Freewheel Vs Cassette – What is The Difference?

Freewheel Vs Cassette

You may have noticed that these rear wheel electric bike conversions kits come with a 6 speed freewheel. The truth is you can use most freewheel free hubs on our kits BUT not Cassette’s.


Difference between a Freewheel and Cassette Free Hubs:

Difference between a Freewheel and Cassette Free Hubs

The reason for this post is to educate you on the difference and to help you determine which you have on your current bike as there is a great deal of confusion about which is which. It will also help to see how many gears you will potentially lose.

It doesn’t help that the terms “Freewheel” and “Cassette” are often used interchangeably by a lot of people within this industry, an error that causes a lot of wasted time and money.



Traditional rear hubs came with a standardized set of threads to which a standard Freewheel or Sprocket Cluster could be screwed on. This basically allowed any brand of freewheel to be mounted on to any brand of wheel hub. If you wore out your sprockets or just fancied a different gear ratio you could literally unscrew the Freewheel and install a new one.

  • Almost all bikes made through the late 1980’s used this system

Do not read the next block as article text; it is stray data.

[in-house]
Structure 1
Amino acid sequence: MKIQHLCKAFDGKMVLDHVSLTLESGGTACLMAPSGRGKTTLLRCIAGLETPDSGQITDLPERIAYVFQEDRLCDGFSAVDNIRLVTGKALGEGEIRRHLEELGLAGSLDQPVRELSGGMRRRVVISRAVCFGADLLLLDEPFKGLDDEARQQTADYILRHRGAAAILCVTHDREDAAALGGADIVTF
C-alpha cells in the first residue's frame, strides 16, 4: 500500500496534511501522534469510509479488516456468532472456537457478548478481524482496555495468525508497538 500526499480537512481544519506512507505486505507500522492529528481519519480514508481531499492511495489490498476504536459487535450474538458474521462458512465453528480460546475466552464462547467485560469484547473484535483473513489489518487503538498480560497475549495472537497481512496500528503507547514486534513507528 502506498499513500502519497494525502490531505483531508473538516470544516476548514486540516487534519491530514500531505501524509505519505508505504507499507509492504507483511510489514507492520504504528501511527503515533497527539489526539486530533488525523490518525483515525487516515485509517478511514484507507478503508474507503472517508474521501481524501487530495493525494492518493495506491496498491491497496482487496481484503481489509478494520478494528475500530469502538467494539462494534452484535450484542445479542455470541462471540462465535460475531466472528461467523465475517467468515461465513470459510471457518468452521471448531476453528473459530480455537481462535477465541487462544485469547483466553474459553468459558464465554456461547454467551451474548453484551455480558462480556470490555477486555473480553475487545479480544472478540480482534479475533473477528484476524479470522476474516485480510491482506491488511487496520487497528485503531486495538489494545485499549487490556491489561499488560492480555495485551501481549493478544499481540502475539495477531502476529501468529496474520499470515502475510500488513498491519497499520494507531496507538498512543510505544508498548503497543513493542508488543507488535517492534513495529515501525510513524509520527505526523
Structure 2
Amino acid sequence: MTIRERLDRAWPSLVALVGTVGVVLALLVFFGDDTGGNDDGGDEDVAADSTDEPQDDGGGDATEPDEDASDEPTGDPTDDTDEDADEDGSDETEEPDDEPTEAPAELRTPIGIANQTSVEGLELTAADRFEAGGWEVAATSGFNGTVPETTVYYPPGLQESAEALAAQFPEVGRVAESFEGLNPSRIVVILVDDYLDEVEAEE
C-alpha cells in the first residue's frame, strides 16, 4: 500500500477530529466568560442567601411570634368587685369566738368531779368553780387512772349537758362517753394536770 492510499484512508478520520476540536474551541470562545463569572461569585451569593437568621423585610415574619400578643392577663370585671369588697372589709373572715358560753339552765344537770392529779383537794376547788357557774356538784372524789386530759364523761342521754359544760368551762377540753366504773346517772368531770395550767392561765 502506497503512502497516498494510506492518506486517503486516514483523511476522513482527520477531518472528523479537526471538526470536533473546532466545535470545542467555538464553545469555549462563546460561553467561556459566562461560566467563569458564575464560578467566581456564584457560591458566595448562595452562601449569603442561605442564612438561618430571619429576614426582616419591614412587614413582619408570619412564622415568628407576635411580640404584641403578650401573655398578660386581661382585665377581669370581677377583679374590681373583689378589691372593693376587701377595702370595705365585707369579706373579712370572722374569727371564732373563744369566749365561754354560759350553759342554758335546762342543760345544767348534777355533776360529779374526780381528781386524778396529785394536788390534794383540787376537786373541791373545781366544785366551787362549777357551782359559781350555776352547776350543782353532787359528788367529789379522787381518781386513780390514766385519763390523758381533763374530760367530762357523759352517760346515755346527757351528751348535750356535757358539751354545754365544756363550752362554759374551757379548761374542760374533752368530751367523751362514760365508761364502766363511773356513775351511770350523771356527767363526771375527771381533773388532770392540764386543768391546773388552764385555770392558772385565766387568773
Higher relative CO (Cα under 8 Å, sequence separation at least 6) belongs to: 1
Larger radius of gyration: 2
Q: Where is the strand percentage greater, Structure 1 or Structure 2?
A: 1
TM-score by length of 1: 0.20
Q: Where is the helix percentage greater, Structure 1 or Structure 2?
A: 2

• Freewheel hubs generally tend to be 5, 6, or 7 speed
  • Extractor splines DO NOT turn when sprockets are spun backwards



Recently Shimano “Freehubs” have largely replaced the conventional threaded rear hub. This has meant that we have now lost the brand interchangeability that formerly existed but these hubs work so well that they have become the new standard since the late 1980’s.

The Cassette freehub incorporates a ratchet mechanism into the hub body. When you wear out the sprockets you can now replace just the sprockets and not the ratchet mechanism.

These sprockets are commonly sold as a set, called a “Cassette”. These sprockets in a cassette are normally held together by three bolts/rivets more for ease of installation. These bolts/rivets are by no means necessary, they make it easier to keep the sprockets and spacers in the correct position when removed from the ratchet body.

  • Cassettes tend to be 7, 8, 9, or 10 speeds (I think you may even be able to get higher)
  • Locking splines turn with sprockets when spun backwards
  • Most have a distinctive bulge on the right end of the hub barrel

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Lisa Hayden-Matthews

Lisa Hayden-Matthews

An avid Skier, bike rider, triathlon enthusiast, amateurish beach volleyball player and nature lover who has never lost a dare! I manage the overall Editorial section for the magazine here and occasionally chip in with my own nature photographs, when required.

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